A Fox 5 investigation released last Wednesday revealed that a former Emory Continuing Education (CE) piano instructor used Emory’s practice facilities for private lessons despite no longer being involved in the CE program. In addition, he allegedly falsified his credentials and claimed to be involved with a charity organization for which he was soliciting donations, according to the report.
The video of the investigation showed the Fox 5 reporter following John Stonko through the Burlington Road Building, telling Stonko he is doing a feature on Stonko’s American Piano Academy. In what the newscast calls a “sting,” the reporter then asks Stonko “Why are you lying to your students?” at which point Stonko begins walking away. Stonko then states, “You are not to be in this building,” to which the reporter replies, “Are you to be in this building, sir?”
According to Kevin Karnes, associate professor and chair of the music department, Stonko was a music instructor for the CE program, previously known as Emory Lifelong Learning.
While serving as an instructor for the CE program, Stonko was permitted to use Emory’s practice space, Karnes explained. The Fox 5 report indicates Stonko’s course was canceled last fall but that he continued to use Emory’s facilities for his private lessons, which he taught at $80 per hour.
Stonko wrote in an email to the Wheel
that he developed and taught the Adult Piano Courses for CE and a few Music Theory and Music History classes from 1996 until November of 2010.
“The piano courses, as evidenced by their longevity, were quite popular and well-attended,” Stonko wrote. “My credentials were vetted at the time I began teaching the classes.”
William Ransom, professor and director of piano studies, explained he first heard about Stonko several years ago when faculty members reported seeing someone teaching in the Burlington Road Building who they did not recognize and who was not supposed to be there.
After doing some research, Ransom said he found out that Stonko had been teaching as part of the CE program and did not pursue the issue further until he was approached by one of Stonko’s former students last year.
Ransom said the student complained that Stonko was representing himself as an Emory faculty member and that he was still teaching piano lessons at Emory.
Following this phone call, Ransom alerted Music Department faculty members to call the police if they saw Stonko on campus.
The report mentioned Stonko’s claims that he is a managing director of the American Piano Academy, which the newscast says does not exist. Stonko, according to the investigation, edited himself over a musician in a picture of a New Hampshire acoustical folk band and posted it on the Academy’s website, claiming the photo included the organization’s executive committee.
The website states that the American Piano Academy “provides high-calibre [sic], extraordinary piano and keyboard instruction for all ages.”
Stonko also displayed certification by the National Association of Music Teachers in his bio, but the newscast said that he has not been certified and that the group has contacted Stonko numerous times to ask him to remove the symbol of accreditation.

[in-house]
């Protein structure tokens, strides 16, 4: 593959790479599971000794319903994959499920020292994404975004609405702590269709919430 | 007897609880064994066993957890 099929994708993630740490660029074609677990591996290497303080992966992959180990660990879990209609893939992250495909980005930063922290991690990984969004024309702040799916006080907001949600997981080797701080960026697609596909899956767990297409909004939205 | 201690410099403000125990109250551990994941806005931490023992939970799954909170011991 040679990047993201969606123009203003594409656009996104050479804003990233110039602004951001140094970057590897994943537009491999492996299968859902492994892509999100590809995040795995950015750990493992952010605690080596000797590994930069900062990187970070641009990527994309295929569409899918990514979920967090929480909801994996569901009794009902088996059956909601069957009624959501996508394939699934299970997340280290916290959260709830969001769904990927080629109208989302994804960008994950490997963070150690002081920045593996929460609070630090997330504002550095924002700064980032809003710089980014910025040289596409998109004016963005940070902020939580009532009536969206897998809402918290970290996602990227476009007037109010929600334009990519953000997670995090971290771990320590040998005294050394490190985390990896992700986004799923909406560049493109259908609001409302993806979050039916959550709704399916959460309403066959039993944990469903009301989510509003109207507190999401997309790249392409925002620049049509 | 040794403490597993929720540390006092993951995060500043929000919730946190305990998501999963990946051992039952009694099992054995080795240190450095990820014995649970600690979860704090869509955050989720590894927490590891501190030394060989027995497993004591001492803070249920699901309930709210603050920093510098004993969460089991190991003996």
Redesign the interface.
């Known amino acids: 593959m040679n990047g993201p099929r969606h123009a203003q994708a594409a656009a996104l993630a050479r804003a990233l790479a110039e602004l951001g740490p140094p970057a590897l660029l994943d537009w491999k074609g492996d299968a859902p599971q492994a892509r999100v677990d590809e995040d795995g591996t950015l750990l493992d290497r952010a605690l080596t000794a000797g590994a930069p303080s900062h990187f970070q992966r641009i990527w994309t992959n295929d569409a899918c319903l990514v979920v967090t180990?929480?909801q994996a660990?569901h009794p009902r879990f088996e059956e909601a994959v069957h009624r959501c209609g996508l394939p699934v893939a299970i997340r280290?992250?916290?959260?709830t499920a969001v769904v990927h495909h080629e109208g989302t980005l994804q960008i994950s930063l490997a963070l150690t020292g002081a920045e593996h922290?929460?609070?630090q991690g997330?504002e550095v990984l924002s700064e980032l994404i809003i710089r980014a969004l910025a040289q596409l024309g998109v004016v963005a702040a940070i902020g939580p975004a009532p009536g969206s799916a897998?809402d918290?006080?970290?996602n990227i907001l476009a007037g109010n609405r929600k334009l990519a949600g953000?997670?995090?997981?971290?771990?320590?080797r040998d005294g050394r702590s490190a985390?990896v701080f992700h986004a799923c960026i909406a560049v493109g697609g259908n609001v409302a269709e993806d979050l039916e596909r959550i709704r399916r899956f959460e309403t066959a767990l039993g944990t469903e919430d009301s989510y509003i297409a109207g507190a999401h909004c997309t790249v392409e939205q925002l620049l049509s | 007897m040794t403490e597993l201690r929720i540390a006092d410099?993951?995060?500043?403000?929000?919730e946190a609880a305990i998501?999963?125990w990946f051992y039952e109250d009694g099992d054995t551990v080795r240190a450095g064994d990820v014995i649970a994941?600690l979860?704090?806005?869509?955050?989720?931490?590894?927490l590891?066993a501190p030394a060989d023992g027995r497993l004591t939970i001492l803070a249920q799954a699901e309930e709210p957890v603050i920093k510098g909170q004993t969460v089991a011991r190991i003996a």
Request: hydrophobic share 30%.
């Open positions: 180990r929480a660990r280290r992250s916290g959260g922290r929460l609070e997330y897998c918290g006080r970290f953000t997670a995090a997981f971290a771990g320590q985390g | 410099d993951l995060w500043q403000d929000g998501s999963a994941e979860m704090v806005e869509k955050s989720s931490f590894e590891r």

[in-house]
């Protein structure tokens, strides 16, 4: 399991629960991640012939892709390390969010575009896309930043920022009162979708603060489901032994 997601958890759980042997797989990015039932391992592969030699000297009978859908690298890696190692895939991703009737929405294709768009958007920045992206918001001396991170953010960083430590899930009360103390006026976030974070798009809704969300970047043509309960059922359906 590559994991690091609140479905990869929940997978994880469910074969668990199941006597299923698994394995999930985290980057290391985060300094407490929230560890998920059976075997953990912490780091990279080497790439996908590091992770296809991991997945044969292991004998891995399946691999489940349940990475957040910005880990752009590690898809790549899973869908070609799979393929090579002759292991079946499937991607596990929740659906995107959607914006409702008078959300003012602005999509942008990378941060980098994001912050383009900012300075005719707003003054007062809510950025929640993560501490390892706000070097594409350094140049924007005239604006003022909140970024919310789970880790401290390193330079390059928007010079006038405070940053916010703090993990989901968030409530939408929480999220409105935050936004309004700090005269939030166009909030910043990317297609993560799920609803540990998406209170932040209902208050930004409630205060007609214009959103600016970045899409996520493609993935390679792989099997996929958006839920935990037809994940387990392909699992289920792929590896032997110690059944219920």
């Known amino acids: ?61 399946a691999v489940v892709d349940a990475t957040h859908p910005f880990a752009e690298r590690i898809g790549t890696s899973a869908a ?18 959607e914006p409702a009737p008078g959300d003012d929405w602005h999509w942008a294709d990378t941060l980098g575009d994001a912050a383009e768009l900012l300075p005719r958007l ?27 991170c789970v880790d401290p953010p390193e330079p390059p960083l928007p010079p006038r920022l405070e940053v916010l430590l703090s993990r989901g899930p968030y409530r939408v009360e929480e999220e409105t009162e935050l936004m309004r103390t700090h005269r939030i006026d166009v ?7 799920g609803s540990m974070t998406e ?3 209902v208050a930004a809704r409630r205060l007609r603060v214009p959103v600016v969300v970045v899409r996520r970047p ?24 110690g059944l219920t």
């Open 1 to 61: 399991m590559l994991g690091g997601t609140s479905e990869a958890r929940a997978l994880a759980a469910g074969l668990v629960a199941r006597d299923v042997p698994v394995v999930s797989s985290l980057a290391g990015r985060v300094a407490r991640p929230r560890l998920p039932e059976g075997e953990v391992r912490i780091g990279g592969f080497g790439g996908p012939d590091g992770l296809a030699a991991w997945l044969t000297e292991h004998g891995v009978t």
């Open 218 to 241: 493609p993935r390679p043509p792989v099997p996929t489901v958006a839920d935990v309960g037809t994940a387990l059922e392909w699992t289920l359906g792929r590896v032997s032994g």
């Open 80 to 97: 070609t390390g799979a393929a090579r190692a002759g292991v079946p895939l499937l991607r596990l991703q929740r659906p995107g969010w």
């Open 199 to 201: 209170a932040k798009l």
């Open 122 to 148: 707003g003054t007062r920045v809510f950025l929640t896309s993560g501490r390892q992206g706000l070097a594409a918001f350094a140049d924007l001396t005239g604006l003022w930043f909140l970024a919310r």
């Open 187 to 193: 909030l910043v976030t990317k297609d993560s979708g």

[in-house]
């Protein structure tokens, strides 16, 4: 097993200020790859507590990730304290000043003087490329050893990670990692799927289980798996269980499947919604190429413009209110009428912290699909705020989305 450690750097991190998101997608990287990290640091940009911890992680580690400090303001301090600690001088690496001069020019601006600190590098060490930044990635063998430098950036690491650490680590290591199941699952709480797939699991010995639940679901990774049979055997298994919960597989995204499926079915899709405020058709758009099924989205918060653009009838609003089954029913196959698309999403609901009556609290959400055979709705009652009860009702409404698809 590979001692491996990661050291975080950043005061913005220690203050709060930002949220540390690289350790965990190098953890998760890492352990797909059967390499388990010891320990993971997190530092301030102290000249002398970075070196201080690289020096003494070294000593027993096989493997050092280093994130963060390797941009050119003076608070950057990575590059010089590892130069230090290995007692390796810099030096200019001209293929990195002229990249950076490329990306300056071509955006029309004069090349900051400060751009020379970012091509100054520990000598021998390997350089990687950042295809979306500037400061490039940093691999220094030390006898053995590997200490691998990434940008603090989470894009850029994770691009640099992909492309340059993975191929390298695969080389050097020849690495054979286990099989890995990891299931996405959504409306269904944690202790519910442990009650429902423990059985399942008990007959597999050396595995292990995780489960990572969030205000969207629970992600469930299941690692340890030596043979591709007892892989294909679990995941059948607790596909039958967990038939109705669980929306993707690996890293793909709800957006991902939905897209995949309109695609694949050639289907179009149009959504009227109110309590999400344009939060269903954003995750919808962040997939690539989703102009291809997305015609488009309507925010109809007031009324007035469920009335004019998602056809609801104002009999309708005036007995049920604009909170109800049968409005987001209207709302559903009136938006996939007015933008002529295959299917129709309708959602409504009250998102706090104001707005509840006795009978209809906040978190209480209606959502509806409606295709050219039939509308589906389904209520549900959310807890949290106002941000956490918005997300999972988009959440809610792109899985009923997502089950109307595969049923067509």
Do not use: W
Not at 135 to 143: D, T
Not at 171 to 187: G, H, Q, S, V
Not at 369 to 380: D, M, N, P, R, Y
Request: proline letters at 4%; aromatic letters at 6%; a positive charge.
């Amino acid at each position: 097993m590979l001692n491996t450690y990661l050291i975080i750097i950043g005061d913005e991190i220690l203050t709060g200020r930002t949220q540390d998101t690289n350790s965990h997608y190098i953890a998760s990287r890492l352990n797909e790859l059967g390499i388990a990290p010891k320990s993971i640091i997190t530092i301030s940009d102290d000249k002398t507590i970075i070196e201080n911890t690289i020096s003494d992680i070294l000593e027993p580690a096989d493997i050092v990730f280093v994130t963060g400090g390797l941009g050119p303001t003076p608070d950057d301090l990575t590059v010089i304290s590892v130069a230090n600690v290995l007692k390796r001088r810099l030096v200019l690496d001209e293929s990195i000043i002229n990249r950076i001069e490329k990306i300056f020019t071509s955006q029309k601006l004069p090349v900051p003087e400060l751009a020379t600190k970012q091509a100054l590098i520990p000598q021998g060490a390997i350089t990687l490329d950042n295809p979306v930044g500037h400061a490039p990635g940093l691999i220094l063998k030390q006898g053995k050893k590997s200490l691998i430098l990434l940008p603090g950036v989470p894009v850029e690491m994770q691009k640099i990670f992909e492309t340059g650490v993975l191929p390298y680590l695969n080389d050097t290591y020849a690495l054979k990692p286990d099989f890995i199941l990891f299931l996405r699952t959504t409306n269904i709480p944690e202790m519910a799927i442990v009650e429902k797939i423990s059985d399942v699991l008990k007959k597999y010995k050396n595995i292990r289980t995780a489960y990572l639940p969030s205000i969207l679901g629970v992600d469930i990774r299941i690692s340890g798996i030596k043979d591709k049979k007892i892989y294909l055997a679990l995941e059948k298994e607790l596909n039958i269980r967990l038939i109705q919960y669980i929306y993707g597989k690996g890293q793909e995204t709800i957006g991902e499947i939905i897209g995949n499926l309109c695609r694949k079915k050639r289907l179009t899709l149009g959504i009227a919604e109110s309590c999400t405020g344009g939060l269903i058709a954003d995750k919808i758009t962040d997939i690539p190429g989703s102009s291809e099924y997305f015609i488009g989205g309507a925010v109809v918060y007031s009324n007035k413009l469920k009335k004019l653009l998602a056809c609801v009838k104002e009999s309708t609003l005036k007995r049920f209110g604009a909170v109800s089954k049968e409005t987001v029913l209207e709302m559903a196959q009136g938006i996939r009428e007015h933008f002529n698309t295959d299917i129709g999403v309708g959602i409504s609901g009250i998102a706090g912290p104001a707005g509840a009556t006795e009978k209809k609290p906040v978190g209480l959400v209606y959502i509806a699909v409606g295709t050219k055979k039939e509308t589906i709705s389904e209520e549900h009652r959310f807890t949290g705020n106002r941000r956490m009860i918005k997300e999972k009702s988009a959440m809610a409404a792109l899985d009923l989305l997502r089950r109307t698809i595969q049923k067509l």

Ransom said that he is glad to see an investigation into the matter.
“When this recent article came up, I was delighted and kind of amused to see it getting publicity,” Ransom said.
He said he was surprised, however, that neither he nor Karnes were contacted by the local news station about the story.
The Fox 5 investigation explains that Stonko’s attorney has denied Stonko’s claims that he received a Ph.D. from Emory. The video also depicts Stonko stating that he teaches college classes at Emory.
Furthermore, in the newscast, Stonko is shown discussing a charity he claims to have started, which he refers to as the Piano Orphanage Project. The site solicited donations of up to $160,000 and boasts grants from large companies such as The Home Depot, according to the news report. Fox 5 noted The Home Depot has denied this claim. Though Stonko states in the video that the site is not active, the website listed partners and contributors and contained a link for people to donate through PayPal, the report says. Also, in the undercover portion of the newscast, Stonko says the Piano Orphanage Project is an active charity.
Stonko wrote that he has not seen the video of the report.
“I have been told that the piece done by the station was presented and edited to be sensationalized and salacious, although I’ve not personally seen it,” Stonko wrote in an email to the Wheel
. “People who have seen it and know me said it was an unfairly presented. It’s pretty simple; I’m just a piano teacher.”
Reactions to the allegations against Stonko varied.
“I was saddened to hear that a former Emory employee had tried to take advantage of members in our community,” Karnes wrote.
Ransom said he was amused.
“I laughed,” he said. “[Stonko] is such a charlatan.”
Nancy Seideman, associate vice president of communications and executive director of media relations, wrote in an email to the Wheel
, “At this time, Emory is not planning to take legal action against Mr. Stonko, either on behalf of the institution or in conjunction with Mr. Stonko’s students. Emory is not in a position to give an opinion as to whether Mr. Stonko has violated any laws.”
Members of Emory’s music department, however, are investigating options for securing access to the Burlington Road Building facilities by implementing card-reader technology, Karnes wrote. He added that the music department is “working to ensure more robust communications” between the music department and CE.
“We will help with further investigations however it might be needed,” Karnes wrote.
— Contact Molly Davis.